One-hundred years ago, a car was basically a motorized, open horse carriage on wheels, and a man traveled either by riding in one of those miserable things or by walking — either to a train station or all the way to his destination. Further, there was no television, radio, Internet, or video games, so for entertainment, a man might walk his dog in the park, or walk to a newsstand. And there was little indoor plumbing, so it was inconvenient (and unsafe in winter) to wash one’s hair often, so there was a need to protect one’s hair from dirt and dust. There was also no central heating or air-conditioning, so being inside wasn’t even very comfortable.

So it’s not hard to understand why almost everyone living in those conditions wore a hat.

Contrast that with today: unless you work outside — in which case you wouldn’t wear a dress hat because it’s impractical — the only time you have to spend time in pouring rain, scorching heat, or bitter cold is walking for a few seconds between your home, car, place of employment, etc. — all of which are heated, air-conditioned, and insulated.

Under those conditions, hats are more trouble than they’re worth in terms of utility. Even the cheapest ones are somewhat expensive. They have to be cleaned. They take up space in the house. When you take one off in public, you have to either carry it around with you or find someplace to put it — in which case you have to remember to go back and get it, and you have to worry that someone may steal it or (hopefully accidentally) smash it. Let’s face it: hats are a nuisance.

But comfort is the enemy of elegance, and hats are still as useful aesthetically as they ever were. So, if you’re a man looking to start wearing real hats, here’s a guide to the types of dress hats and when to wear them:

Types

There are two basic types of hats: winter hats, which are made of felt, and summer hats, which are made of straw.

During the hat era, many parts of the country used to observe the official change between straw and felt season on Apr. 15 and Sept. 15. Today, those seasons basically coincide with clothing seasons; you’ll often hear the beginning date pegged as Easter, and the end as Labor Day. Memorial Day and Labor Day are good rough guides, but the beginning or end can be expanded by 2-3 weeks on a year-by-year basis, depending on that year’s climate.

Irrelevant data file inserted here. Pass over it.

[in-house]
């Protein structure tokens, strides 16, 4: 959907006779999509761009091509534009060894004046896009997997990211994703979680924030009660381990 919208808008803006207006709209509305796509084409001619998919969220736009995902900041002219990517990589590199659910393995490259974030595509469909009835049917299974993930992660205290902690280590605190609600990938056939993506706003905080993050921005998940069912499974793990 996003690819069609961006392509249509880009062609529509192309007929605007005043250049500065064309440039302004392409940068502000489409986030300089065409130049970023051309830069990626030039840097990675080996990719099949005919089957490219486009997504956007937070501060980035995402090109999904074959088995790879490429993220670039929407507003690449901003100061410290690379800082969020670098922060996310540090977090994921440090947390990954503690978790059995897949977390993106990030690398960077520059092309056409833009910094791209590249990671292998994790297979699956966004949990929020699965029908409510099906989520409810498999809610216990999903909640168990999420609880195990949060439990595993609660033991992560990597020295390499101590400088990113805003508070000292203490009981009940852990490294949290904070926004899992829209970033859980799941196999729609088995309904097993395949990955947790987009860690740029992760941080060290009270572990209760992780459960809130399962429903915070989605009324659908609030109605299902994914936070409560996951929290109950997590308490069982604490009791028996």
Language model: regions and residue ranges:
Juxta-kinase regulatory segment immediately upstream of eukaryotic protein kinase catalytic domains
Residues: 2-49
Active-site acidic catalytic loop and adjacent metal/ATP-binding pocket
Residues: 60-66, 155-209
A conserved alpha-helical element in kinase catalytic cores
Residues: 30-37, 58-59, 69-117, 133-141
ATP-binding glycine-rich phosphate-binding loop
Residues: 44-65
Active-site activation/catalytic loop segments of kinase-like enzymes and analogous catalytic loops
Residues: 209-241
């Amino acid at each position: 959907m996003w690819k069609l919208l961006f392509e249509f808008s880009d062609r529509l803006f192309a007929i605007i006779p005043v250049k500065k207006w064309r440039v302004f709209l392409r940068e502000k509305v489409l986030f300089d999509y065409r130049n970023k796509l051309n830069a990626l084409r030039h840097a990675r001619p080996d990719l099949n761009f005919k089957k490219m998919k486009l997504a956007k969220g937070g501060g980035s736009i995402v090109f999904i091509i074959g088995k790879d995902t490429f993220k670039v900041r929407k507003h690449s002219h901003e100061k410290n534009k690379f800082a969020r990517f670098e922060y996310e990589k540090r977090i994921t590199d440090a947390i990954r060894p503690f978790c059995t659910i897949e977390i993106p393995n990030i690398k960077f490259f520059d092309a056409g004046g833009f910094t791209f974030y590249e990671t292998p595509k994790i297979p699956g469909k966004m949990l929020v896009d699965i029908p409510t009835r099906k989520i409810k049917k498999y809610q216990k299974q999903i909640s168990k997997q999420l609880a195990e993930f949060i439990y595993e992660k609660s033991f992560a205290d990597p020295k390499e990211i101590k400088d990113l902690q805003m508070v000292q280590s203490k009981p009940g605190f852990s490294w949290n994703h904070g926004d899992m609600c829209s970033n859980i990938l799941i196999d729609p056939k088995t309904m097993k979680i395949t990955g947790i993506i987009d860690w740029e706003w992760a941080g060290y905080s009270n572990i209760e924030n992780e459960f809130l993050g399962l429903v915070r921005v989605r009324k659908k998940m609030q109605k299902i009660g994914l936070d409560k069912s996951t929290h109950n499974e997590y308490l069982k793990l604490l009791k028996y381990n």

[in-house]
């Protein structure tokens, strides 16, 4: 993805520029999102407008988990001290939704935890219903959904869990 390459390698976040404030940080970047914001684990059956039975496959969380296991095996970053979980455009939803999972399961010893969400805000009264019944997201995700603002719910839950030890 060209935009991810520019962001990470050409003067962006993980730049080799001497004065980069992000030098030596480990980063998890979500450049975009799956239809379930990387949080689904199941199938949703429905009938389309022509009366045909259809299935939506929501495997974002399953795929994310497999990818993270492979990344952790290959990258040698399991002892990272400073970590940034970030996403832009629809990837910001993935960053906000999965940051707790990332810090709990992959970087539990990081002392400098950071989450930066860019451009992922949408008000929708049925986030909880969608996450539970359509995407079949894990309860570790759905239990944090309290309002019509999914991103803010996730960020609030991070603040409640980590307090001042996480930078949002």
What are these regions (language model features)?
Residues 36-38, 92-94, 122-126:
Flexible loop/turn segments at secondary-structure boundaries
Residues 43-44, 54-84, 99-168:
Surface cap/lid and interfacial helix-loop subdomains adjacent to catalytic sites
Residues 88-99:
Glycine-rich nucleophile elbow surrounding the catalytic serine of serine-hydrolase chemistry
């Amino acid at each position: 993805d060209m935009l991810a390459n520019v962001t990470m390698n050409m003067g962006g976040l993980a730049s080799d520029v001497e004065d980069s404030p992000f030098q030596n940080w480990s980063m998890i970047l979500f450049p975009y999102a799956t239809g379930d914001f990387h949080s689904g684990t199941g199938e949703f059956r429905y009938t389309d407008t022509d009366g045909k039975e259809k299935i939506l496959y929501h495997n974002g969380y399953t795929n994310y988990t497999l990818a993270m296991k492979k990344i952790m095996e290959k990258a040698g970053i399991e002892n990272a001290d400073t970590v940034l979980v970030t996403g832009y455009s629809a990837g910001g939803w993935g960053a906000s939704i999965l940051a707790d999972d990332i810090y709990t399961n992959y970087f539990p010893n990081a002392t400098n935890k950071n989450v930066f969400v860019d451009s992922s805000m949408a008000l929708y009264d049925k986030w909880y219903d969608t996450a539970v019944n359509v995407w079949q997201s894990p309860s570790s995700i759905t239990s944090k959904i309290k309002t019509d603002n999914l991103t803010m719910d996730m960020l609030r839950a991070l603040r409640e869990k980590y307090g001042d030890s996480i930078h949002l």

Winter hats are made of either fur felt or wool felt; fur felt is warmer, more durable, and more expensive, but wool felt is perfectly fine. Either felt comes in different weights, and there are lightweight, transitional felts for times when straw is out of season, but it’s still too warm for a winter-weight hat.

Here are the types of men’s dress hats and when to wear each:

WINTER HATS

Top Hat

The aforementioned top hat is the most formal hat; a black one is worn with white tie (evening formal wear) or black tie (evening semi-formal wear), and a gray or black one is worn with daytime full-dress (daytime formal wear) or with a stroller (daytime semi-formal wear). The collapsible silk top hat, also known as the opera hat, may be the most elegant hat ever made, but most top hats made today don’t collapse.

You’re unlikely to ever get the chance to wear a top hat outside of a wedding; if you go to formal events — like the opera — in a large city and see anyone else wearing one, by all means follow suit the next time you go, if you want.

If I ever get the chance in winter to wear white tie, I intend to go all the way with it and not only wear a top hat, but also get an opera cape — which is also one of the most elegant garments ever created — and a cane.

Here is Fred Astaire wearing his signature top hat.

Homburg

The homburg is the second-most formal hat; it’s worn with black tie or a business suit (it’s too informal for white tie and too formal for anything less than a suit). It has a center dent like a fedora, but with a stiff, pencil-curled brim trimmed in silk or grosgrain. It usually doesn’t have side dents, but it can, which give it a more casual appearance.

The homburg has seen somewhat of resurgence in the past 10 years or so, due to its popularity with entertainers and athletes. It’s sometimes called a "Godfather," probably because Al Pacino wore one in the first Godfather movie.

A homburg should make you look like a banker, not like a pimp; to achieve a conservative look, choose a homburg with a narrower, flat brim like this, rather than one with a wider brim that’s turned up on the sides.

Lord’s Hat

A lord’s hat is identical to a homburg, except it has an unbound brim. It’s appropriate with anything up to a suit in formality, but you’re unlikely to find one, unless it’s vintage or you have one custom-made.

Here is a lord’s hat.

Fedora

This was probably the most popular hat when they died. Many associate it with their fathers or grandfathers; my grandfather retired in the early-80s, after which he quit wearing a suit, tie, and hat every day — but, for the rest of his life, when he put a suit and tie on for church every Sunday, he never left without also donning one of his fedoras.